While there is no "sub-stack", scoping can have an effect on the stack. After a variable goes out of scope, the compiler is allowed to use that variable's stack space for variables that are declared later on.
My output from this program is 10 even though I never initialize x. The compiler is using y's stack space for x because y will never be in scope again.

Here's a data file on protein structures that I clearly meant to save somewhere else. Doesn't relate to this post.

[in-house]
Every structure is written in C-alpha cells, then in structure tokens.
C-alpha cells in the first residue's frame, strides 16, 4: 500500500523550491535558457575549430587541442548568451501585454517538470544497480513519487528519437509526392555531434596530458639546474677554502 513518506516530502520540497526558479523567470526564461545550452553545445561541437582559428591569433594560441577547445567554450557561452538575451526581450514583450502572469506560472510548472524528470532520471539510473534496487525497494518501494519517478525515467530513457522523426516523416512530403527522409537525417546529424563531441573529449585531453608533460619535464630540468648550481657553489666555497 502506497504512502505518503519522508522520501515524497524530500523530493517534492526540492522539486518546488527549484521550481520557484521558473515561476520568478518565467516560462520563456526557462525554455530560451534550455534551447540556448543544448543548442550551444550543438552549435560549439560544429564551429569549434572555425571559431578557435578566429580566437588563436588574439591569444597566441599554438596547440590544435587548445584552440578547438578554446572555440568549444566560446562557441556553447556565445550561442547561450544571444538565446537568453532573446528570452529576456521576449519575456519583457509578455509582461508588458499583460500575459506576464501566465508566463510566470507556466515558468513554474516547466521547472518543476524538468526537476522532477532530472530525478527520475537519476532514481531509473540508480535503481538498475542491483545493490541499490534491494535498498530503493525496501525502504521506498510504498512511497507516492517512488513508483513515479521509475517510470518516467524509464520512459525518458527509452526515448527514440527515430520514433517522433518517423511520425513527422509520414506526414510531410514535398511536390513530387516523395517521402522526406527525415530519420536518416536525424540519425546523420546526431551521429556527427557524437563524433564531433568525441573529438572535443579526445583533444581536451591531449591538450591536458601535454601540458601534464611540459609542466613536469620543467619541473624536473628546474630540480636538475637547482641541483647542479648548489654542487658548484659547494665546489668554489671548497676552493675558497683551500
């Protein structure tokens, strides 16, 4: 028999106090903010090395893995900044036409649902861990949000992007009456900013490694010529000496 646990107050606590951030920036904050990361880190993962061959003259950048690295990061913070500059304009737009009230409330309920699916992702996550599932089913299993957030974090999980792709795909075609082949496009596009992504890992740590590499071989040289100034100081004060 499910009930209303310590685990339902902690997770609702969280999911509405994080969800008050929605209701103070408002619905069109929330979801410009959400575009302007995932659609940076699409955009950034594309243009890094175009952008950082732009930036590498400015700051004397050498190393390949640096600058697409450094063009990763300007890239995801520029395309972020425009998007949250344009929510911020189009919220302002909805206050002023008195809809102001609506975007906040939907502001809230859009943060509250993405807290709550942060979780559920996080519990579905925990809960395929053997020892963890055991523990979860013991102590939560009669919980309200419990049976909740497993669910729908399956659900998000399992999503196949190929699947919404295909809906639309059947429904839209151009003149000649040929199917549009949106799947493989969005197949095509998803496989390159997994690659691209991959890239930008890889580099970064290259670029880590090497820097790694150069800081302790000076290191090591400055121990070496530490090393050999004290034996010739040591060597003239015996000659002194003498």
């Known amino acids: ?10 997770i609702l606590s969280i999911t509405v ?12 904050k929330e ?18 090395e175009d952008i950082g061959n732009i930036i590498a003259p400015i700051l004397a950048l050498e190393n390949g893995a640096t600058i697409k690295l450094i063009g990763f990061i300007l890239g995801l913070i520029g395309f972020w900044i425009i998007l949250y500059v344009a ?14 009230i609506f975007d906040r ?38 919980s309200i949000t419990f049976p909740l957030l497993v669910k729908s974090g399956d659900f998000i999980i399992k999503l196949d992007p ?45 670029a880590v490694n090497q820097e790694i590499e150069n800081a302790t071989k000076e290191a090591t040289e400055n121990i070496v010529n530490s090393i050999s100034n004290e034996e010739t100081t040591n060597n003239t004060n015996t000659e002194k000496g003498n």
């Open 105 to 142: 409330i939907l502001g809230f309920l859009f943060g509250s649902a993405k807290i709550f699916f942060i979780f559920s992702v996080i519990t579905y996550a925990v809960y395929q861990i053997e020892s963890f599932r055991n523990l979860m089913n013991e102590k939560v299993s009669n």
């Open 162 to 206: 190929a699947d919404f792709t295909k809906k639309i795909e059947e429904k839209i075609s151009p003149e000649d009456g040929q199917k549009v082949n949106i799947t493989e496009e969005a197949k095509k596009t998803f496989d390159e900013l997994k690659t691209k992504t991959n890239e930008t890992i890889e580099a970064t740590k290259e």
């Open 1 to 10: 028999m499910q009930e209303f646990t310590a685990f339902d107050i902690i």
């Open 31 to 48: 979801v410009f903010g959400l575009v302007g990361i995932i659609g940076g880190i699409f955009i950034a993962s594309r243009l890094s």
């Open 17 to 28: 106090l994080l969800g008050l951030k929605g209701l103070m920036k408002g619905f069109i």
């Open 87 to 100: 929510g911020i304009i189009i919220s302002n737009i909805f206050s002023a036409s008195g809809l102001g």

using namespace std;
int y = 10;
cout << x << endl;
Note that you shouldn't depend on this behavior. It may vary depending on which compiler you use and the level of optimization.